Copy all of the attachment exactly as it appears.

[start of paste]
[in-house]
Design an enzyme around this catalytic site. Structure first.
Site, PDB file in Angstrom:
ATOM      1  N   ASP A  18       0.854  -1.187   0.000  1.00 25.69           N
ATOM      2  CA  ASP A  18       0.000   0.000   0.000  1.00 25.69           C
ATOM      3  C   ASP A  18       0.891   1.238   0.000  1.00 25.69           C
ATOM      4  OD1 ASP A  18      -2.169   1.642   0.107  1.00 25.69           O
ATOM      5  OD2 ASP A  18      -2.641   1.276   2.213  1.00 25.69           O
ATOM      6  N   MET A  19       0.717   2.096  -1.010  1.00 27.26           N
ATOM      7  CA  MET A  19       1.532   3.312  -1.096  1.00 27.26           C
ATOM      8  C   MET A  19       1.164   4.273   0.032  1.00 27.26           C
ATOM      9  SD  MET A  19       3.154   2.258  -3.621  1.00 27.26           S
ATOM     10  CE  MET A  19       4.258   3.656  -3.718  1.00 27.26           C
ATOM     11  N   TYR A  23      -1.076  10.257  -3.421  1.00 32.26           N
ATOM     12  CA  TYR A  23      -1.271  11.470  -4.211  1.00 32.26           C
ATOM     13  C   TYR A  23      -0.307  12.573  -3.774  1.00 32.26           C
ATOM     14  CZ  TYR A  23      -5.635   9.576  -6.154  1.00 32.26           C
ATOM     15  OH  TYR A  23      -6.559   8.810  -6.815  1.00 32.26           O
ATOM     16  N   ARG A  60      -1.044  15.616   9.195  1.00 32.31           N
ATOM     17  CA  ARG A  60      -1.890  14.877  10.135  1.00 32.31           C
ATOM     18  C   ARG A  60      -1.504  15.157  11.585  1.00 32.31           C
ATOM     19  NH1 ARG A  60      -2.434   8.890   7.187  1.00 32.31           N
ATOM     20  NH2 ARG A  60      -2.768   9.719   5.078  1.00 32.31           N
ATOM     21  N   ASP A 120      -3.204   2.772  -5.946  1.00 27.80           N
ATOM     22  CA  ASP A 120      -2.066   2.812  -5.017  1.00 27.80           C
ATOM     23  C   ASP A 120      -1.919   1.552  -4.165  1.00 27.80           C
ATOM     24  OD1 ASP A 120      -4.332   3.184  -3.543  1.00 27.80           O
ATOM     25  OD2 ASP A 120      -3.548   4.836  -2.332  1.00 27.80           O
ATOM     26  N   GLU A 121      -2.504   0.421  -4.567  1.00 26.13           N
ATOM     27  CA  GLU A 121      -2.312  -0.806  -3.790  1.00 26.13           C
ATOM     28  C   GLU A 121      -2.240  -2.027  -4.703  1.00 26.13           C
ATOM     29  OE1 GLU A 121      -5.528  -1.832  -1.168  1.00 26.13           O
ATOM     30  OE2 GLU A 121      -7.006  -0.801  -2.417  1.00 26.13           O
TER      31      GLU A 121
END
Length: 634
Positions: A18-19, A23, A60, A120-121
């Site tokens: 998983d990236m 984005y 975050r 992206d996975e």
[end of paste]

[in-house]
Design an enzyme around this catalytic site. Structure first.
Site, PDB file in Angstrom:
ATOM      1  N   ASP A  18       0.854  -1.187   0.000  1.00 25.69           N
ATOM      2  CA  ASP A  18       0.000   0.000   0.000  1.00 25.69           C
ATOM      3  C   ASP A  18       0.891   1.238   0.000  1.00 25.69           C
ATOM      4  OD1 ASP A  18      -2.169   1.642   0.107  1.00 25.69           O
ATOM      5  OD2 ASP A  18      -2.641   1.276   2.213  1.00 25.69           O
ATOM      6  N   MET A  19       0.717   2.096  -1.010  1.00 27.26           N
ATOM      7  CA  MET A  19       1.532   3.312  -1.096  1.00 27.26           C
ATOM      8  C   MET A  19       1.164   4.273   0.032  1.00 27.26           C
ATOM      9  SD  MET A  19       3.154   2.258  -3.621  1.00 27.26           S
ATOM     10  CE  MET A  19       4.258   3.656  -3.718  1.00 27.26           C
ATOM     11  N   TYR A  23      -1.076  10.257  -3.421  1.00 32.26           N
ATOM     12  CA  TYR A  23      -1.271  11.470  -4.211  1.00 32.26           C
ATOM     13  C   TYR A  23      -0.307  12.573  -3.774  1.00 32.26           C
ATOM     14  CZ  TYR A  23      -5.635   9.576  -6.154  1.00 32.26           C
ATOM     15  OH  TYR A  23      -6.559   8.810  -6.815  1.00 32.26           O
ATOM     16  N   ARG A  60      -1.044  15.616   9.195  1.00 32.31           N
ATOM     17  CA  ARG A  60      -1.890  14.877  10.135  1.00 32.31           C
ATOM     18  C   ARG A  60      -1.504  15.157  11.585  1.00 32.31           C
ATOM     19  NH1 ARG A  60      -2.434   8.890   7.187  1.00 32.31           N
ATOM     20  NH2 ARG A  60      -2.768   9.719   5.078  1.00 32.31           N
ATOM     21  N   ASP A 120      -3.204   2.772  -5.946  1.00 27.80           N
ATOM     22  CA  ASP A 120      -2.066   2.812  -5.017  1.00 27.80           C
ATOM     23  C   ASP A 120      -1.919   1.552  -4.165  1.00 27.80           C
ATOM     24  OD1 ASP A 120      -4.332   3.184  -3.543  1.00 27.80           O
ATOM     25  OD2 ASP A 120      -3.548   4.836  -2.332  1.00 27.80           O
ATOM     26  N   GLU A 121      -2.504   0.421  -4.567  1.00 26.13           N
ATOM     27  CA  GLU A 121      -2.312  -0.806  -3.790  1.00 26.13           C
ATOM     28  C   GLU A 121      -2.240  -2.027  -4.703  1.00 26.13           C
ATOM     29  OE1 GLU A 121      -5.528  -1.832  -1.168  1.00 26.13           O
ATOM     30  OE2 GLU A 121      -7.006  -0.801  -2.417  1.00 26.13           O
TER      31      GLU A 121
END
Length: 634
Positions: A18-19, A23, A60, A120-121
């Site tokens: 998983d990236m 984005y 975050r 992206d996975e």